An effective chemical route to nanostructured tungsten oxide films derived from a peroxopolytungstic acid (PTA)/thiourea precursor solution is demonstrated. The conventional procedure of preparing the precursor needs more than 24 h for well-mixing and refluxing the PTA-based solution, while the thiourea-assisted approach takes less than 1 h to prepare the precursor solution because the excess hydrogen peroxide can be efficiently eliminated by oxidation of thiourea. With the precursor solution, tungsten oxide films are deposited by spin coating followed by high temperature annealing. The film annealed at 400°C possesses a porous nanostructure of nanocrystalline tungsten oxide embedded in an amorphous tungsten oxide matrix, which arises from the gaseous species released through decomposition of thiourea oxides during annealing. The 400°C-annealed, thiourea-assisted tungsten oxide film exhibits electrochromic (EC) properties superior to those of the film prepared without thiourea, including large transmittance modulation and coloration efficiency, fast response time and adequate reliability. When increasing the annealing temperature to 450°C, the thiourea-assisted tungsten oxide film is also porous but well-crystallized and shows inferior EC properties. Electrochemical impedance spectroscopy analysis indicates that, in addition to the porous structure, a fast charge-transport rate within the solid portion of the 400°C-annealed nanostructured film plays a crucial role in enhancing EC performances of the thiourea-assisted tungsten oxide film.A rapid chemical route to nanostructured tungsten oxide films derived from a peroxopolytungstic acid/thiourea precursor solution is demonstrated (see figure). The film possesses a porous nanostructure of nanocrystalline tungsten oxide embedded in an amorphous tungsten oxide matrix and exhibits superior electrochromic properties of large coloration efficiency, fast response time and adequate reliability.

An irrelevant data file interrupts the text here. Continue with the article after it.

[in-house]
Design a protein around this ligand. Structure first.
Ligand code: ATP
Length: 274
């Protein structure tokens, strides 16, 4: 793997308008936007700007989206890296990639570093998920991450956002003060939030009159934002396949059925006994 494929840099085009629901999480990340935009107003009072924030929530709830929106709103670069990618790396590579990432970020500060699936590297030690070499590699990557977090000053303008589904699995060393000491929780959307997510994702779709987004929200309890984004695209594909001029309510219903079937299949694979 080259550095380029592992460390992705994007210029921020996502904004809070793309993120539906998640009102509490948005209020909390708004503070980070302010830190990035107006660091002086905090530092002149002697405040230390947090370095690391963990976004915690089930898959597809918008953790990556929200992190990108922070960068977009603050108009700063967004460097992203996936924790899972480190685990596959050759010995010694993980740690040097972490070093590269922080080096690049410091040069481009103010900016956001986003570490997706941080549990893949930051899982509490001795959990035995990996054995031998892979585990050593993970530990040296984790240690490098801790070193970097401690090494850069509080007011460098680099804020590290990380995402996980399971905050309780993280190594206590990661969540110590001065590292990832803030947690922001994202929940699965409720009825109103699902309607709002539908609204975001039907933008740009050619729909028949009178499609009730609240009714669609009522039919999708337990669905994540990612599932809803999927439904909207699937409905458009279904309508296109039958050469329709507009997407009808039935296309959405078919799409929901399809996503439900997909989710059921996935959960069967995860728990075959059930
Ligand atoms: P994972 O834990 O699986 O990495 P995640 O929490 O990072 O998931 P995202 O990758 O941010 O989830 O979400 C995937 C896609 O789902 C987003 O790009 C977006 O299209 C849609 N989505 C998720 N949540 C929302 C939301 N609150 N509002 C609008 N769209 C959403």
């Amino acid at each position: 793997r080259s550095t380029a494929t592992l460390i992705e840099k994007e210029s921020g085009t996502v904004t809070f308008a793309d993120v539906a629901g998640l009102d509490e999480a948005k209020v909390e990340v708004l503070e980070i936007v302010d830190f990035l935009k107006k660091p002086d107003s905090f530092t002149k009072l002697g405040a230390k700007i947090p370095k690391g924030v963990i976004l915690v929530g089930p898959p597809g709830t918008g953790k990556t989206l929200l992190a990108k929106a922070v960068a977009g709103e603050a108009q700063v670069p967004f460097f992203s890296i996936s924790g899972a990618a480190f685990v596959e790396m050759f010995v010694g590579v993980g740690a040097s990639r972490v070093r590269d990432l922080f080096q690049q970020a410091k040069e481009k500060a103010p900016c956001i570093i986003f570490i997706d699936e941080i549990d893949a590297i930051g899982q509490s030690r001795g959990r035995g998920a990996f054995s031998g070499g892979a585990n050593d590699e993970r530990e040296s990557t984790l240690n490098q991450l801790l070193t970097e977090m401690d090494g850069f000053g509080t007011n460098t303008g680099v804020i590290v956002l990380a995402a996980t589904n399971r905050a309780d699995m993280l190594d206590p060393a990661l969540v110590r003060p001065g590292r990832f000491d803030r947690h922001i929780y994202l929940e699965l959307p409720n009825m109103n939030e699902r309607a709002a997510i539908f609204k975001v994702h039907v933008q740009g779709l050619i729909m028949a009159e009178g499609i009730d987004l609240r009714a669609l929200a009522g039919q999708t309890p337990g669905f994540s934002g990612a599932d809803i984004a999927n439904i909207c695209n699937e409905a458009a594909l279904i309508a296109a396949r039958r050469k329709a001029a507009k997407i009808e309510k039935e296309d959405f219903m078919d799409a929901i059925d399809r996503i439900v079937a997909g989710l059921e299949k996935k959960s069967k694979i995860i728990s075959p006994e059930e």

All Science Journal Classification (ASJC) codes
- Atomic and Molecular Physics, and Optics
- Physical and Theoretical Chemistry